Like dyneins and kinesins, myosin proteins use energy from the hydrolysis of ATP to move along microfilaments (also known as actin filaments). Myosin proteins form aggregations called thick filaments which slide over each other to produce muscular contraction.
Each thick filament is associated with thin actin strands and troponin and tropomyosin proteins that block myosin binding to them at rest. This is known as the sliding filament model.
Biochemistry of Muscle Contracture
Action of Myosin in Muscular Contraction
Myosin is an enzyme that converts chemical energy from adenosine triphosphate (ATP)into mechanical energy. It moves along actin filaments, also called microfilaments, to produce muscle contraction. This movement is referred to as the sliding filament model of muscle contraction, and it relies on the interaction between myosin and actin. Myosin is a multi-subunit protein that forms part of the sarcomere, a group of proteins responsible for shortening the length of muscle fibers. It is also an important component of the myofibril, a structural unit of muscle cell that creates the force that produces muscle contractions.
Skeletal muscle myosin was the first myosin protein to be identified, and it is a member of the myosin superfamily of ATPases that binds to and moves along actin filaments. These macromolecular proteins are found in striated muscle and other types of smooth and cardiac muscle tissue, and they form the contractile units of skeletal muscles known as muscle fibers.
Each myosin molecule has a head domain, neck domain, and tail domain. The neck domain acts as a linker that connects the head domain to the actin filament and enables the molecule to generate force. Myosin’s catalytic motor domain uses ATP hydrolysis to move its binding site along the actin filament, or microfilament. The resulting movement is similar to the way that a bicycle wheel turns. The velocity of the myosin molecule depends on the rate of passing through a complete kinetic cycle of binding ATP, binding ADP, and hydrolyzing ATP.
Multiple myosin molecules generate the force that causes muscles to contract through a power stroke mechanism that is fuelled by the energy released from ATP hydrolysis. The ATP hydrolysis causes myosin to bind to the actin filament and pull against it, causing the filament to slide past each other. This process is repeated over and over to cause the muscle to contract.
In skeletal muscle cells, myosin and actin form thick filaments that are the primary components of myofibrils. These filaments are responsible for the force that makes muscles contract. The contraction of a muscle can be described by its length or tension, or both. A muscle can be contracted to change its length or its tension, but not both at the same time.
Action of Actin in Muscular Contraction
Actin is a protein found in eukaryotic cells that forms thin filaments and plays an important role in muscle contraction. It also plays a crucial role in cell movement and other cellular functions. Actin monomers polymerize to form actin filaments, which consist of two helixes twisting around each other. They are polarized, meaning that the affinity for addition of new actin monomers at each end is different. This can lead to a buildup of actin filaments at one end while the opposite end depolymerizes. This phenomenon is known as treadmilling. The polarization of actin monomers is caused by the presence of a molecule of ATP binding to each of them. This binding is essential for the reversible process of filament formation, and it occurs only at specific concentrations.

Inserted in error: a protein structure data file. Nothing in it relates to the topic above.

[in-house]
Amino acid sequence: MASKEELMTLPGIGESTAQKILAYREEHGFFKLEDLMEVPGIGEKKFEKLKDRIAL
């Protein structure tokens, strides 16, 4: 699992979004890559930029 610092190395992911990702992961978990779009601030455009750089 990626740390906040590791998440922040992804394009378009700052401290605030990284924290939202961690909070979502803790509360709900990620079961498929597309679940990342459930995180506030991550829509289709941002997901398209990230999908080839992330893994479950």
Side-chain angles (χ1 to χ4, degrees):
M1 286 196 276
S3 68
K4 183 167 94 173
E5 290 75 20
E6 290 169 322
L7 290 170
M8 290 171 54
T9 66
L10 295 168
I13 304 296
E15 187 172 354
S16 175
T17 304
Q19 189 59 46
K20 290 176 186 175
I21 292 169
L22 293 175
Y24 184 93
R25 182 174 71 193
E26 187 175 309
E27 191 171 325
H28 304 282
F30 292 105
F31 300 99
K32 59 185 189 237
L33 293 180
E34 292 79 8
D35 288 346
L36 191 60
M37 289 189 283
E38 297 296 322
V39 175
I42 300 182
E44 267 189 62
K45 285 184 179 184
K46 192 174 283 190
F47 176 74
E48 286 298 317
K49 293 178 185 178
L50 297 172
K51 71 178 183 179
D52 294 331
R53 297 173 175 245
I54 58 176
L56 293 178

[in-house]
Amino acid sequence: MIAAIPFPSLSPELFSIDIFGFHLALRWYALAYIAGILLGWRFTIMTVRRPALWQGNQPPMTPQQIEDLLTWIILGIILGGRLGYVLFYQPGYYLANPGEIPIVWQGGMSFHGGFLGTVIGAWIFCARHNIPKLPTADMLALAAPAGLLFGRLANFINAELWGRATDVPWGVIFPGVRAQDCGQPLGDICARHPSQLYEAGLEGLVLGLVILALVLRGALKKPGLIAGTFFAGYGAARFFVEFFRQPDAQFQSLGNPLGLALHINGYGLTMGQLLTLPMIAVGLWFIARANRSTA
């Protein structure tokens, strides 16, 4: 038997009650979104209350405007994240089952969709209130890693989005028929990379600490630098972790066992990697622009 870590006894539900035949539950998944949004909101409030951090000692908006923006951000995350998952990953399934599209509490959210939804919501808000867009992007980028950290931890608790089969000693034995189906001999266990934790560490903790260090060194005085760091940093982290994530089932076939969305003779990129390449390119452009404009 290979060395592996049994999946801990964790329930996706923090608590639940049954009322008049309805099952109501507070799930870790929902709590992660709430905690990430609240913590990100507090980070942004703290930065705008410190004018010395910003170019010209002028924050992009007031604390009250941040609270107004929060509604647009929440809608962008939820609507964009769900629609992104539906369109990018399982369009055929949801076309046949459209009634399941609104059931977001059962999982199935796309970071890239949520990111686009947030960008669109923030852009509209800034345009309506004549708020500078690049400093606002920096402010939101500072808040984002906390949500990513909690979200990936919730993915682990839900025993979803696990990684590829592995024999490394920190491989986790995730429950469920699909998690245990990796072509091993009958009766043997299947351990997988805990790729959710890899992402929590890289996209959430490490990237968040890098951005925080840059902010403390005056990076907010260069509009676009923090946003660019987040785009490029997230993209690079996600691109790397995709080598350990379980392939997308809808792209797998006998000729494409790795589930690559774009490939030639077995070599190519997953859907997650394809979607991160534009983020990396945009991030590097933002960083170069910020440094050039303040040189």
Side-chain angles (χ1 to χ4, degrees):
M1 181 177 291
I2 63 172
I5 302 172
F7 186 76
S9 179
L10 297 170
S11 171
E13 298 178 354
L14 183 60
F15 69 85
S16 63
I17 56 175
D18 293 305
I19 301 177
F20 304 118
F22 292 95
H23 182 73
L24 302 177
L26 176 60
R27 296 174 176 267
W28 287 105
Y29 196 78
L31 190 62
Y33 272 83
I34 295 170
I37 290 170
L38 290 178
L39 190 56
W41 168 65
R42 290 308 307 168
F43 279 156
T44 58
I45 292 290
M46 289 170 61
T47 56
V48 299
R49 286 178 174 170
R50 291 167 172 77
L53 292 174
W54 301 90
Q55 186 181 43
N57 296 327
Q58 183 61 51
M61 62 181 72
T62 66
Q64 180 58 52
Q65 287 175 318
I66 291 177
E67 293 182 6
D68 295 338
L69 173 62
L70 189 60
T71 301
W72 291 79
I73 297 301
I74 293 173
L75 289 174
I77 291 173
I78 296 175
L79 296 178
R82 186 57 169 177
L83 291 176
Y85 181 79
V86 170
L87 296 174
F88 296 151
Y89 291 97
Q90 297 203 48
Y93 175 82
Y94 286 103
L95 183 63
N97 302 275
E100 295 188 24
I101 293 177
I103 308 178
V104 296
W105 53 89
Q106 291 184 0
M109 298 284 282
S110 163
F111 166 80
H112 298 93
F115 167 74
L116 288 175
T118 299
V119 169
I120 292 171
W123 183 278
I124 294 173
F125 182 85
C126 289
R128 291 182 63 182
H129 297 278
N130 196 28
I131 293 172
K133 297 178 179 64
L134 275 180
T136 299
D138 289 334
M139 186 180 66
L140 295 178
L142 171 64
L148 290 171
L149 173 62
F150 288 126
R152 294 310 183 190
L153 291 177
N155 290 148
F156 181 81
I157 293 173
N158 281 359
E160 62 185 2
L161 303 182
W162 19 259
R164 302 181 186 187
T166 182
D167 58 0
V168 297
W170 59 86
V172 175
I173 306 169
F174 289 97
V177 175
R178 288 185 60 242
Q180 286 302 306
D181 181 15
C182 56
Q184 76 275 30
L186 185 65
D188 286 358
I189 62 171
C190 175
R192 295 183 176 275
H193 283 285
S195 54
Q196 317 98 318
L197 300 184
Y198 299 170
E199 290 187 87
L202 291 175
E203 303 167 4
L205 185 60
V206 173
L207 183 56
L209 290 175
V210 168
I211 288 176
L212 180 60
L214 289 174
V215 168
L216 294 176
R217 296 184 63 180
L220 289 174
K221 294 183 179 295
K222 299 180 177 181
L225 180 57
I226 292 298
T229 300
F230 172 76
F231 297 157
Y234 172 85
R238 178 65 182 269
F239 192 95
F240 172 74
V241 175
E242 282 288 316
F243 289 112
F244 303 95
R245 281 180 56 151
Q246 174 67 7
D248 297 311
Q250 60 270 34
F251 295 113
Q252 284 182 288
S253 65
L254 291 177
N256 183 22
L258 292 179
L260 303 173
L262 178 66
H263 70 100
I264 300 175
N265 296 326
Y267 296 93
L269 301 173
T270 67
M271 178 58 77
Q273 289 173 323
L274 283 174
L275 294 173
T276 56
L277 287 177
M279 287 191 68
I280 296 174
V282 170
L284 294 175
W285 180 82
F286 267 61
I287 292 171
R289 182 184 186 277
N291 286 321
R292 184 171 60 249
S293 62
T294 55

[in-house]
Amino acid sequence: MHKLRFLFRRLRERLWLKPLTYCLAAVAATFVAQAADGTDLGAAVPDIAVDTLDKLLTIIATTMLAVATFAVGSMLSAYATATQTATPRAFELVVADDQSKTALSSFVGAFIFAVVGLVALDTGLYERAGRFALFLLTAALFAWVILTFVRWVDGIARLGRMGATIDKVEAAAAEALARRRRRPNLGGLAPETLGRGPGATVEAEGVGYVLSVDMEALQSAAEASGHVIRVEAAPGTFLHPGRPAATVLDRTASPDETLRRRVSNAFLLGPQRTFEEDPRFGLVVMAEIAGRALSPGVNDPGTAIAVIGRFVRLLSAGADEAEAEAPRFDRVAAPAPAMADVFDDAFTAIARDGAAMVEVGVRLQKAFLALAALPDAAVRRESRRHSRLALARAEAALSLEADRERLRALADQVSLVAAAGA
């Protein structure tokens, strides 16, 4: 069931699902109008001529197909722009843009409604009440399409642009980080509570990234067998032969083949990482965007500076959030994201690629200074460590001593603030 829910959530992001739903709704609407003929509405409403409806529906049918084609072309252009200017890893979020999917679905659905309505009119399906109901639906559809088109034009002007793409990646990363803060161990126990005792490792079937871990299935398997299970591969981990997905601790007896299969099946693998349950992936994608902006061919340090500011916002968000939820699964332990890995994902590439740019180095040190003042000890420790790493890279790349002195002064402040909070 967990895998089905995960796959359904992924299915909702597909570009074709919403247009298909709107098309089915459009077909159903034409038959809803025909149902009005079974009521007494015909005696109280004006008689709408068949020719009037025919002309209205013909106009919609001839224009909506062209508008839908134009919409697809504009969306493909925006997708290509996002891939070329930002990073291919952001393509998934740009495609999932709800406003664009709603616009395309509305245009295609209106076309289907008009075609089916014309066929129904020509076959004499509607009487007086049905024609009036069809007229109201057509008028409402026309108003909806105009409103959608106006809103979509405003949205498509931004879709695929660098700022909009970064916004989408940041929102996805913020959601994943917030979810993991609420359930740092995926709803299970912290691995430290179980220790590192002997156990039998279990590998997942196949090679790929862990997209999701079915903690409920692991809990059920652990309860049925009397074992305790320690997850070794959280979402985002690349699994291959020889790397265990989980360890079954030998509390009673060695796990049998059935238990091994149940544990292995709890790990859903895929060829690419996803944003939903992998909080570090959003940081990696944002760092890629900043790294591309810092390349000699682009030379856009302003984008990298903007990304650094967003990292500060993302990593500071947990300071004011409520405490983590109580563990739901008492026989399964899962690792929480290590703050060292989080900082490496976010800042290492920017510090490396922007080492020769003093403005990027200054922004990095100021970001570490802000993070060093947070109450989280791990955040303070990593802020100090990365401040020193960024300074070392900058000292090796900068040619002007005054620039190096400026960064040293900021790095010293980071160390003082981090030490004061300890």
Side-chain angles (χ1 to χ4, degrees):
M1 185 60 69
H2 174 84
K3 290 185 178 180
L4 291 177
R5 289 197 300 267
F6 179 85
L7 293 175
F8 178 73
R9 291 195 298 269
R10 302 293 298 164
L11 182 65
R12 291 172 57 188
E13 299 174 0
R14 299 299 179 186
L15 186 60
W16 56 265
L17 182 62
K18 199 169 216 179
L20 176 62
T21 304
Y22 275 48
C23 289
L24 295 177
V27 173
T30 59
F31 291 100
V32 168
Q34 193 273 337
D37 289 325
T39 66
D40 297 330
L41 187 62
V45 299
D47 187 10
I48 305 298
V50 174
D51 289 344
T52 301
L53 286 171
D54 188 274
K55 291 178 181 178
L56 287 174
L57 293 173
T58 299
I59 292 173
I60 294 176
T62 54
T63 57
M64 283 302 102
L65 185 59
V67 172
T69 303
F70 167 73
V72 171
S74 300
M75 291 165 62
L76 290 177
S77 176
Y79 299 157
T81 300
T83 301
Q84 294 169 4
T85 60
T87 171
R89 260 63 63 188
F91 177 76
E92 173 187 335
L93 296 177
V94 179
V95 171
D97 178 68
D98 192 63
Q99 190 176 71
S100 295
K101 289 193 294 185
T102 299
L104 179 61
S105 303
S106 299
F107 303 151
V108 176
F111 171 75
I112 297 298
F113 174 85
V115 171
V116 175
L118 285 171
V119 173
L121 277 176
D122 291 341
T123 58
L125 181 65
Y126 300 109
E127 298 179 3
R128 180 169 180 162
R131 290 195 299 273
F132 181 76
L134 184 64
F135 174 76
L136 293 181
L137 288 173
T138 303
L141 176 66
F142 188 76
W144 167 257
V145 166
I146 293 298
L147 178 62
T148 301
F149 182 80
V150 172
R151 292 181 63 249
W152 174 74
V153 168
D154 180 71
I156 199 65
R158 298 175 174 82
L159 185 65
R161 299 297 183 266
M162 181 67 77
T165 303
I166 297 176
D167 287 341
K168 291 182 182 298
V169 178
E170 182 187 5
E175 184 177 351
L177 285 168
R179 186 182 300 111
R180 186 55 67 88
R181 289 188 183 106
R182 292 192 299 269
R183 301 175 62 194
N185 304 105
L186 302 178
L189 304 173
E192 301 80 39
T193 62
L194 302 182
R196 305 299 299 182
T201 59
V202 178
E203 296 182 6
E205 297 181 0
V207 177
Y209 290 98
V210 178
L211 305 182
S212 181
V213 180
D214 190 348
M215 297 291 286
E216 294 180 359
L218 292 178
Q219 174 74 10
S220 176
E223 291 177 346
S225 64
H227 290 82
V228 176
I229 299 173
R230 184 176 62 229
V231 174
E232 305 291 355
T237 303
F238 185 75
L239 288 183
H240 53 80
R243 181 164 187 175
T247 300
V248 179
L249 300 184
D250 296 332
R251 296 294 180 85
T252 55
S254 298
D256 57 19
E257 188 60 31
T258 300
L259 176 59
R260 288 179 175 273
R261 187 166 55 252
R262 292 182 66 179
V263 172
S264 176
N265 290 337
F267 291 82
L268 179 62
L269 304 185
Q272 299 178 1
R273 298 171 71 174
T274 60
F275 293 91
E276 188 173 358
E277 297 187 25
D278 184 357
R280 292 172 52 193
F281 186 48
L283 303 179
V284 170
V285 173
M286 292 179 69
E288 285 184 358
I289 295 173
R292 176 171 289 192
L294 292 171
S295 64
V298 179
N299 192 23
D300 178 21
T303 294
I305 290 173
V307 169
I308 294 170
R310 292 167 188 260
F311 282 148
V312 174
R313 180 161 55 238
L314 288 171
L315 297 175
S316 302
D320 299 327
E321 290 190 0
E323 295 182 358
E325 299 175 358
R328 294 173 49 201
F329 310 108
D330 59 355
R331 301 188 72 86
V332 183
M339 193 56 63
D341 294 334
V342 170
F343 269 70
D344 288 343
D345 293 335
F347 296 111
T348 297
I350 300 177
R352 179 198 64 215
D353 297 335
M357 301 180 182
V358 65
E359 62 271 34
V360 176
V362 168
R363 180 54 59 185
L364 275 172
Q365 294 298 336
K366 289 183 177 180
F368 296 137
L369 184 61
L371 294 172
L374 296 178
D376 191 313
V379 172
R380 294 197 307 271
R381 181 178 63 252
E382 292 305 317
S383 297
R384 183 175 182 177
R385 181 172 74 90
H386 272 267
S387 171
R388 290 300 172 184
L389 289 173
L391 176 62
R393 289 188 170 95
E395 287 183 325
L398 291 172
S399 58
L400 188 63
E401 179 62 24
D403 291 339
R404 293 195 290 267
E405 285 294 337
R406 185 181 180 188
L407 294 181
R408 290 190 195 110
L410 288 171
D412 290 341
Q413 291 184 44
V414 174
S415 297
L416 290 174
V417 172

The helixes of the actin filament are anchored by proteins such as gelsolin and profilin, which form bridges between adjacent strands of actin. ATP binding to actin alters the conformation of the actin helix, and these changes in conformation can cause the bridges to shift back and forth between weak-binding and strong-binding conformations. This oscillation in the binding site allows ATP to hydrolyze and release energy. This energizes the actin, which then binds to myosin.
A triad of myosin, actin, and troponin is found in each sarcomere of skeletal muscle. As the muscle is stretched or shortened, the myosin filament slides into the H-zone of the actin filament. As the H-zone moves into position, it creates a force against lengthening and causes the muscle to generate maximum active tension at an ideal length. Once the muscle has reached this ideal length, however, active tension begins to decrease.
The actin filament in the H-zone is a major contributor to this passive tension, and it consists of G-actin and F-actin. G-actin is monomeric and globular, while F-actin is a fibrous protein that forms the contractile apparatus of a muscle cell. There are several isoforms of actin, including a-skeletal and a-cardiac actin. There are also b-cyto and g-cyto isoforms of actin, which are mainly expressed in non-muscle cells.